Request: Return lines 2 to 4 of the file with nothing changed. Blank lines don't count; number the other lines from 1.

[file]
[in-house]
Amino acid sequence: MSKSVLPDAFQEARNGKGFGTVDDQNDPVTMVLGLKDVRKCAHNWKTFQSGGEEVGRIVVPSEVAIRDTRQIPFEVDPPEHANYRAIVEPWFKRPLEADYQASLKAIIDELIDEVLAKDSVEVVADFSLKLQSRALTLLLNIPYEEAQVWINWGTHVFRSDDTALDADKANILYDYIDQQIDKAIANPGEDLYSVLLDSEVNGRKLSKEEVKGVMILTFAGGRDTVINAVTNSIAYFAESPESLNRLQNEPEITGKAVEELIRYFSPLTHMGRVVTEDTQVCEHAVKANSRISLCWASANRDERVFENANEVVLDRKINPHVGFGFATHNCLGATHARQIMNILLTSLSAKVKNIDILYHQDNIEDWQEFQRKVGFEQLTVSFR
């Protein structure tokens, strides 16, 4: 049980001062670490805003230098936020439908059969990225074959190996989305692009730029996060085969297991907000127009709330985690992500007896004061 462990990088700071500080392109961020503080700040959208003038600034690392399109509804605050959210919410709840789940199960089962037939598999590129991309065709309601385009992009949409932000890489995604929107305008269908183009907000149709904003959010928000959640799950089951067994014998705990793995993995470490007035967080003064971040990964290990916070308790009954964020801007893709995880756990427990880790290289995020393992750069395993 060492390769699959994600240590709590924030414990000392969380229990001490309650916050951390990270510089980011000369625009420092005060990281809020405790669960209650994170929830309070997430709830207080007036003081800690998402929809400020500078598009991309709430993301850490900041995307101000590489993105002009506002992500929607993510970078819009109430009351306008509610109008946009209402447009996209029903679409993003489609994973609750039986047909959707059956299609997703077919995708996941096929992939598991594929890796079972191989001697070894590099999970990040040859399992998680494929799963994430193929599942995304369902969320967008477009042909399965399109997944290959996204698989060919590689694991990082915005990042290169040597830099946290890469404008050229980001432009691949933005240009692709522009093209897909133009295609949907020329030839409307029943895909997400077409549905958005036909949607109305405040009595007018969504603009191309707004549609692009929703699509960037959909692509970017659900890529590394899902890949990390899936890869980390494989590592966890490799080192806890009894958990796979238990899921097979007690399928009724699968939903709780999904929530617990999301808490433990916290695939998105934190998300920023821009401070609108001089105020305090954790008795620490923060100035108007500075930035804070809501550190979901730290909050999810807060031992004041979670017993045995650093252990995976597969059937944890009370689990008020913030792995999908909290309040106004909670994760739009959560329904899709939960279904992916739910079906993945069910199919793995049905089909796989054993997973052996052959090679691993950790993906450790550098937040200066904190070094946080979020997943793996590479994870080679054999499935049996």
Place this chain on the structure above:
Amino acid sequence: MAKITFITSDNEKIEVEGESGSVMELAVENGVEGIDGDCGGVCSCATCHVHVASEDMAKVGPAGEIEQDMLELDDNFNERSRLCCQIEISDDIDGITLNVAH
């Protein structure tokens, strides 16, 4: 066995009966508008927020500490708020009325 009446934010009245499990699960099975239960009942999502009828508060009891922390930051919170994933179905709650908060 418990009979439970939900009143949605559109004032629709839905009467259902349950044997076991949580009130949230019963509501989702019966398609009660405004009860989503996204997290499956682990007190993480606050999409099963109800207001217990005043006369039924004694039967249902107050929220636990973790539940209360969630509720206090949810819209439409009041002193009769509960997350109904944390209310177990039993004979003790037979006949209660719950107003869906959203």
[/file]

Amino acid sequence: MSKSVLPDAFQEARNGKGFGTVDDQNDPVTMVLGLKDVRKCAHNWKTFQSGGEEVGRIVVPSEVAIRDTRQIPFEVDPPEHANYRAIVEPWFKRPLEADYQASLKAIIDELIDEVLAKDSVEVVADFSLKLQSRALTLLLNIPYEEAQVWINWGTHVFRSDDTALDADKANILYDYIDQQIDKAIANPGEDLYSVLLDSEVNGRKLSKEEVKGVMILTFAGGRDTVINAVTNSIAYFAESPESLNRLQNEPEITGKAVEELIRYFSPLTHMGRVVTEDTQVCEHAVKANSRISLCWASANRDERVFENANEVVLDRKINPHVGFGFATHNCLGATHARQIMNILLTSLSAKVKNIDILYHQDNIEDWQEFQRKVGFEQLTVSFR
């Protein structure tokens, strides 16, 4: 049980001062670490805003230098936020439908059969990225074959190996989305692009730029996060085969297991907000127009709330985690992500007896004061 462990990088700071500080392109961020503080700040959208003038600034690392399109509804605050959210919410709840789940199960089962037939598999590129991309065709309601385009992009949409932000890489995604929107305008269908183009907000149709904003959010928000959640799950089951067994014998705990793995993995470490007035967080003064971040990964290990916070308790009954964020801007893709995880756990427990880790290289995020393992750069395993 060492390769699959994600240590709590924030414990000392969380229990001490309650916050951390990270510089980011000369625009420092005060990281809020405790669960209650994170929830309070997430709830207080007036003081800690998402929809400020500078598009991309709430993301850490900041995307101000590489993105002009506002992500929607993510970078819009109430009351306008509610109008946009209402447009996209029903679409993003489609994973609750039986047909959707059956299609997703077919995708996941096929992939598991594929890796079972191989001697070894590099999970990040040859399992998680494929799963994430193929599942995304369902969320967008477009042909399965399109997944290959996204698989060919590689694991990082915005990042290169040597830099946290890469404008050229980001432009691949933005240009692709522009093209897909133009295609949907020329030839409307029943895909997400077409549905958005036909949607109305405040009595007018969504603009191309707004549609692009929703699509960037959909692509970017659900890529590394899902890949990390899936890869980390494989590592966890490799080192806890009894958990796979238990899921097979007690399928009724699968939903709780999904929530617990999301808490433990916290695939998105934190998300920023821009401070609108001089105020305090954790008795620490923060100035108007500075930035804070809501550190979901730290909050999810807060031992004041979670017993045995650093252990995976597969059937944890009370689990008020913030792995999908909290309040106004909670994760739009959560329904899709939960279904992916739910079906993945069910199919793995049905089909796989054993997973052996052959090679691993950790993906450790550098937040200066904190070094946080979020997943793996590479994870080679054999499935049996």
Place this chain on the structure above: